2013 Final Four: CBS Says NCAA Championship Game Drew Most Viewers in Two Decades

Bob Donnan-USA TODAY Sports

There were many reasons why this year’s March Madness could be considered one of the greatest tournaments of all time. With so many upsets and shocking defeats being pulled off, it was certainly one for the ages.

CBS recently released the numbers regarding the National Champions television viewership, and the results are staggering. Monday night’s game between the Michigan Wolverines and Louisville Cardinals drew 23.4 million viewers nationwide, more than any National Championship in the past 19 years.

One of the biggest reasons for the viewership is undoubtedly the unfortunate injury to Louisville guard Kevin Ware. Against the Duke Blue Devils, Ware suffered one of the most gruesome injuries anybody will ever witness on a basketball court. If you haven’t heard or seen by now, I will leave the rest of the frightening images and details for you to check out on your own time.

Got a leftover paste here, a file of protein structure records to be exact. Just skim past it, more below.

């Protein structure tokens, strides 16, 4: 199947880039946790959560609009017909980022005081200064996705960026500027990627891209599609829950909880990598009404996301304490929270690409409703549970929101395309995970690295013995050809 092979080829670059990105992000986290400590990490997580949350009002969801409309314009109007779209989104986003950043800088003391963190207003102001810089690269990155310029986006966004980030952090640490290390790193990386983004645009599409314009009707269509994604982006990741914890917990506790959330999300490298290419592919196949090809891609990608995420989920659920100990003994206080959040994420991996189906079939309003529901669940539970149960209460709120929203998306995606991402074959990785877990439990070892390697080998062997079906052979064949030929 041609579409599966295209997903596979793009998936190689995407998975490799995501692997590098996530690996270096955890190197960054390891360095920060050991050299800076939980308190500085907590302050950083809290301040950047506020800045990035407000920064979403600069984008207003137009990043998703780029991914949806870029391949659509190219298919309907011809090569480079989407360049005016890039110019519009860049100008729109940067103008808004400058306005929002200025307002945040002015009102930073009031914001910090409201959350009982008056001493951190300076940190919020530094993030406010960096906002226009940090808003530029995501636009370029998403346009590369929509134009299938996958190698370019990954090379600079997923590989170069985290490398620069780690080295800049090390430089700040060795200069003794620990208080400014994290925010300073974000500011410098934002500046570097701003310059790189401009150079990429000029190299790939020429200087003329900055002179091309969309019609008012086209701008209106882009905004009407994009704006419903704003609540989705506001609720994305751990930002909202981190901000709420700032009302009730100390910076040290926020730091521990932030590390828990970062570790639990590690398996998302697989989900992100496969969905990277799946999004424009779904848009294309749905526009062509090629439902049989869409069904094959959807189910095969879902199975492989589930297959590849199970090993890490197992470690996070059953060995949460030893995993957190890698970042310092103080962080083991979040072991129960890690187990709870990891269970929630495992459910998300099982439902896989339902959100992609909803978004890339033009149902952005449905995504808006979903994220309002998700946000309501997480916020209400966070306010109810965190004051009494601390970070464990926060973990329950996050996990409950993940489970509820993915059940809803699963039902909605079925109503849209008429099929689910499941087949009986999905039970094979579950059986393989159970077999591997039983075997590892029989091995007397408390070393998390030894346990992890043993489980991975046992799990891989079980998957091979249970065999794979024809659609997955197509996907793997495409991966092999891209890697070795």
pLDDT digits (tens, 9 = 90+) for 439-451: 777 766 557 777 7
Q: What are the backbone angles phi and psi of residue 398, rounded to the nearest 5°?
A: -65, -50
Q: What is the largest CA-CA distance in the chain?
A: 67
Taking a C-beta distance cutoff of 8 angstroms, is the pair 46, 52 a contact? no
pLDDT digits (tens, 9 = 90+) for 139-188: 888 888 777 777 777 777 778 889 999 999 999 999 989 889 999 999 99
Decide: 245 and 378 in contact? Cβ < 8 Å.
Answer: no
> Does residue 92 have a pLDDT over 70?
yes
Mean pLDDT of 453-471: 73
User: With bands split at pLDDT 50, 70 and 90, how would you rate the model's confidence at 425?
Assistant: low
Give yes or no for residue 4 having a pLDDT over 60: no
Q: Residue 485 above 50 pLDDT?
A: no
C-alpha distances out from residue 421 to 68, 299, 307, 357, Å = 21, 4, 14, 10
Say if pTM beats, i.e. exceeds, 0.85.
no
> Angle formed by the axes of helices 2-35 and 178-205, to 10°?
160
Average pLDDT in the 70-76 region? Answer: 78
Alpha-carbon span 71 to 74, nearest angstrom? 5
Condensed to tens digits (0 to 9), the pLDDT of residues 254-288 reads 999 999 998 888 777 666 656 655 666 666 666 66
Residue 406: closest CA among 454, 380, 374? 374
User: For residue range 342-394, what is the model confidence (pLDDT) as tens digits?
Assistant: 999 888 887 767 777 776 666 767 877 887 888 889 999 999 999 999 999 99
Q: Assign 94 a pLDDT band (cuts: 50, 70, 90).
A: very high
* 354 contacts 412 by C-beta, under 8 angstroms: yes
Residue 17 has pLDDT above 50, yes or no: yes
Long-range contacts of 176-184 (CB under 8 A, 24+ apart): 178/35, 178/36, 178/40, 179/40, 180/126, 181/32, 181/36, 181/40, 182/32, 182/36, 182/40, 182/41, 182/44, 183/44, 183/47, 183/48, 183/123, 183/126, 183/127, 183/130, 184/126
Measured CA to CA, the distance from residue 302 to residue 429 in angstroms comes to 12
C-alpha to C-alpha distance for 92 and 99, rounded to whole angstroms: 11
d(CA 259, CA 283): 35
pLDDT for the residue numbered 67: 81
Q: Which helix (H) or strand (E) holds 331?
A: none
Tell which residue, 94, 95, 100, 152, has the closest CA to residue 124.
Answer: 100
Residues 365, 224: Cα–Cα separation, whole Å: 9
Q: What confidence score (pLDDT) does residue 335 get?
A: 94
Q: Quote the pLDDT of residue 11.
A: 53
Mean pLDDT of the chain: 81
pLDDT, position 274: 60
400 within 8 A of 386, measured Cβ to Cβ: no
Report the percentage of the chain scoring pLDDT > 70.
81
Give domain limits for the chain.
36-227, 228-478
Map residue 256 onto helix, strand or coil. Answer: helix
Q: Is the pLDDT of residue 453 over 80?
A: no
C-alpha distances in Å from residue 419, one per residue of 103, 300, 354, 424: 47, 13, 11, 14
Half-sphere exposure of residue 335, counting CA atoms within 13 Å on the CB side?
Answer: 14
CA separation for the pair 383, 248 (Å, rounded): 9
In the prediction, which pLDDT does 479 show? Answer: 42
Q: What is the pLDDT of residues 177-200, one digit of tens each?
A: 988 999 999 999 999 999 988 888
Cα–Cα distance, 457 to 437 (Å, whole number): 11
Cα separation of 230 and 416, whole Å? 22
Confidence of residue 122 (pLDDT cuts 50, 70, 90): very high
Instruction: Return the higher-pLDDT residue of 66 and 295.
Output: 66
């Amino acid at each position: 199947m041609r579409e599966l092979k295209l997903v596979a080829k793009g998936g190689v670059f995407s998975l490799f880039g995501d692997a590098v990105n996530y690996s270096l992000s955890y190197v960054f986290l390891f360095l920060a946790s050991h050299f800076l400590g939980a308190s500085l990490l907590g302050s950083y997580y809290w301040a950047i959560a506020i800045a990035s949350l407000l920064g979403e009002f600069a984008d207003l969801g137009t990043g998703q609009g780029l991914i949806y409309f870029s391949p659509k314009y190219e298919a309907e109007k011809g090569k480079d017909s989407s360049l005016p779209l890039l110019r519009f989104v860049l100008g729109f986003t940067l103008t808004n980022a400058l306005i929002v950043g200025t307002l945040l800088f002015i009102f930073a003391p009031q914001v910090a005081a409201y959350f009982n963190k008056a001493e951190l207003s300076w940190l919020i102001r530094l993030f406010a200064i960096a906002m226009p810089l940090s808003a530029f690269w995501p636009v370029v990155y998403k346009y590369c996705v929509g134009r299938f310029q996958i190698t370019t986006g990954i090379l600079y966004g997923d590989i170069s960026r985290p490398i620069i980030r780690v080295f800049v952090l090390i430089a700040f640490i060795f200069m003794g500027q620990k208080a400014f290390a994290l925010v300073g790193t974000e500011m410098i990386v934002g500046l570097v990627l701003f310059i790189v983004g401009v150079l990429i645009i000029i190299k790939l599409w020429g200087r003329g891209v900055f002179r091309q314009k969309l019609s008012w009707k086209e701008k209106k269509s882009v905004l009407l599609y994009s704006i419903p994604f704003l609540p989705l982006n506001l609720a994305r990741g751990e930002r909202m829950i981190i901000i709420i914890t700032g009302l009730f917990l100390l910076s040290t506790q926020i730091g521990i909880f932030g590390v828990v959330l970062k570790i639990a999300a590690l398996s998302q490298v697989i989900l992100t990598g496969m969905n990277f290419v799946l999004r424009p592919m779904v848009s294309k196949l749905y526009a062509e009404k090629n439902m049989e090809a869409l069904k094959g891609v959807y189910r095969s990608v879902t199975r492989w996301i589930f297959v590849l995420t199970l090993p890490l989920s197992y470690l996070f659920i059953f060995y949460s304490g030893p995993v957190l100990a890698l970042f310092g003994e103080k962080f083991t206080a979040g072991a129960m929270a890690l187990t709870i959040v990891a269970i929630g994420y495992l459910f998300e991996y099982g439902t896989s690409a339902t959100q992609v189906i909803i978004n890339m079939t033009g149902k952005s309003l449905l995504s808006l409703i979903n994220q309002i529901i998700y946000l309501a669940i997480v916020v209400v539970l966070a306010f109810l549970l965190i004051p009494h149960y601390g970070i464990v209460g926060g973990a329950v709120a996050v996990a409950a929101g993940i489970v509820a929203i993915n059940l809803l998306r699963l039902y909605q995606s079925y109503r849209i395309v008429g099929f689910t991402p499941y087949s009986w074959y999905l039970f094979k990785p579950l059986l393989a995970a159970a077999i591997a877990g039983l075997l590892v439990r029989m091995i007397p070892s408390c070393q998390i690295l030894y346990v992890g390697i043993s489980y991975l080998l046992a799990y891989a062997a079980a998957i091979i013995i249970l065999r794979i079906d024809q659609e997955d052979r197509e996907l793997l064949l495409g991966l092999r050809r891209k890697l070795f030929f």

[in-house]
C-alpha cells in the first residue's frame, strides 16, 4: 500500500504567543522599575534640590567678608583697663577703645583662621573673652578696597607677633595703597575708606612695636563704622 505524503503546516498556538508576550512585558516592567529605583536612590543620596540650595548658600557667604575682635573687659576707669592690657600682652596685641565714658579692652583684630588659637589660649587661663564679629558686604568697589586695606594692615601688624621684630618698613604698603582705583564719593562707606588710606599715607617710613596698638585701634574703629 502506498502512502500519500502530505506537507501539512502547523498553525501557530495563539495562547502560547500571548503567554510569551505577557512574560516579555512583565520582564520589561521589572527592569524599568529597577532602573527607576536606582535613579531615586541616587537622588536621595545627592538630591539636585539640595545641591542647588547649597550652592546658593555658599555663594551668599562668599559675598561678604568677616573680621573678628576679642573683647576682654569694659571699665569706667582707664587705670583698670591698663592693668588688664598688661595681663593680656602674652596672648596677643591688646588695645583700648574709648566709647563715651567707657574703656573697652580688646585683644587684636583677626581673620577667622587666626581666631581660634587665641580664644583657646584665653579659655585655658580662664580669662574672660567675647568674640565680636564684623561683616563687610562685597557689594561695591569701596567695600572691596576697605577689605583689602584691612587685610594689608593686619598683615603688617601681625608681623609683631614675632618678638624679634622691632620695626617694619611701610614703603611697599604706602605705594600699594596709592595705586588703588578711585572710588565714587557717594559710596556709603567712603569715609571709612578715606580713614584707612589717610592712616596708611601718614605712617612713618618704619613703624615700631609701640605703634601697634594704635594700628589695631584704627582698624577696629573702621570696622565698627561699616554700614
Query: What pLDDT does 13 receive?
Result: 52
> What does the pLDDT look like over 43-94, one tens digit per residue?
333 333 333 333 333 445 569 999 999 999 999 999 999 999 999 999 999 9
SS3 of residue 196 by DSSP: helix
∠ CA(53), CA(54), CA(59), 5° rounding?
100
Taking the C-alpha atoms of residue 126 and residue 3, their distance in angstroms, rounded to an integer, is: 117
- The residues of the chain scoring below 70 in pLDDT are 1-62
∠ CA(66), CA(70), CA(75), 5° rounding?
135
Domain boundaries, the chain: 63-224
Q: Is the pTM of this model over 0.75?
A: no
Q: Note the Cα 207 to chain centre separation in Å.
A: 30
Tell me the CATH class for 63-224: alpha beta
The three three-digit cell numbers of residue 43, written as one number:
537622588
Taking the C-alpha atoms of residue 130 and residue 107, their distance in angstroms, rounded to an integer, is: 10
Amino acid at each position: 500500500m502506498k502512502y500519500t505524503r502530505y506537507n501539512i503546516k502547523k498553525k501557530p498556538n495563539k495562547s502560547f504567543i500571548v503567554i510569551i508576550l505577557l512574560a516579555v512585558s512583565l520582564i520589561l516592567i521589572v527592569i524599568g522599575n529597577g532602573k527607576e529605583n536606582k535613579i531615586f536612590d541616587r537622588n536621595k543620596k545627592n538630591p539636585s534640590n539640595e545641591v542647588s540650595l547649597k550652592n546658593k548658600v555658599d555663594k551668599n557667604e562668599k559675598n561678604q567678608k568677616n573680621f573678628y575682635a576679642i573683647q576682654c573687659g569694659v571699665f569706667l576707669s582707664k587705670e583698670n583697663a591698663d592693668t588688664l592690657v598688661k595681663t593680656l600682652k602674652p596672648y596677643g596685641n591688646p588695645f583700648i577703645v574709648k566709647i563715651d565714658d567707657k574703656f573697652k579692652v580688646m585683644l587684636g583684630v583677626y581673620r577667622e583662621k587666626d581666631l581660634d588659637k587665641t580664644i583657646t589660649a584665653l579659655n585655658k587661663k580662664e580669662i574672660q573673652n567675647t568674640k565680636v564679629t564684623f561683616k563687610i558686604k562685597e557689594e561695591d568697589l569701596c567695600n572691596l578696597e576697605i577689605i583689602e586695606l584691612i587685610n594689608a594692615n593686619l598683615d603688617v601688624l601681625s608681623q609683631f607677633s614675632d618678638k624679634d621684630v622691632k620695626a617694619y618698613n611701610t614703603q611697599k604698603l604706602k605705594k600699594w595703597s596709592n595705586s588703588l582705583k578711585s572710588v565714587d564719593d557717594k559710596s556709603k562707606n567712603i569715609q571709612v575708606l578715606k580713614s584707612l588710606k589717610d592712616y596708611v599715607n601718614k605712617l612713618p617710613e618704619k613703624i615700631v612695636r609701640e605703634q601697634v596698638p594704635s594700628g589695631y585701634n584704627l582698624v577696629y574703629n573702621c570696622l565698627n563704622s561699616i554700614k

Phrases like “Win for Ware” and “Pray for Ware” were circling the internet and television programs immediately after the injury, making the National Championship a must-watch for any sports fan in general.

As the Cardinals’ starting lineup was announced pre-game, each starter ran through the line of players giving each other high fives. Then, before walking out onto the center of the court, they would walk over to the sideline and reach out to their fallen teammate. Handshakes, hugs and emotional sentiments were expressed as players surely worked to fight back tears.

I am sure this moment alone drew even more viewers than had originally planned to watch the game. Overall, the game was a fantastic matchup throughout with a few ups and downs for either team. In the end, Louisville prevailed and Ware was able to help cut down the remaining pieces of the nets, capping a heart-warming performance by the Cardinals.

Ryan Heckman is a writer for  RantSports.com covering primarily the NBA and NFL. Follow him on Twitter, “Like” him on Facebook, or add him to your network on Google.

Around the Web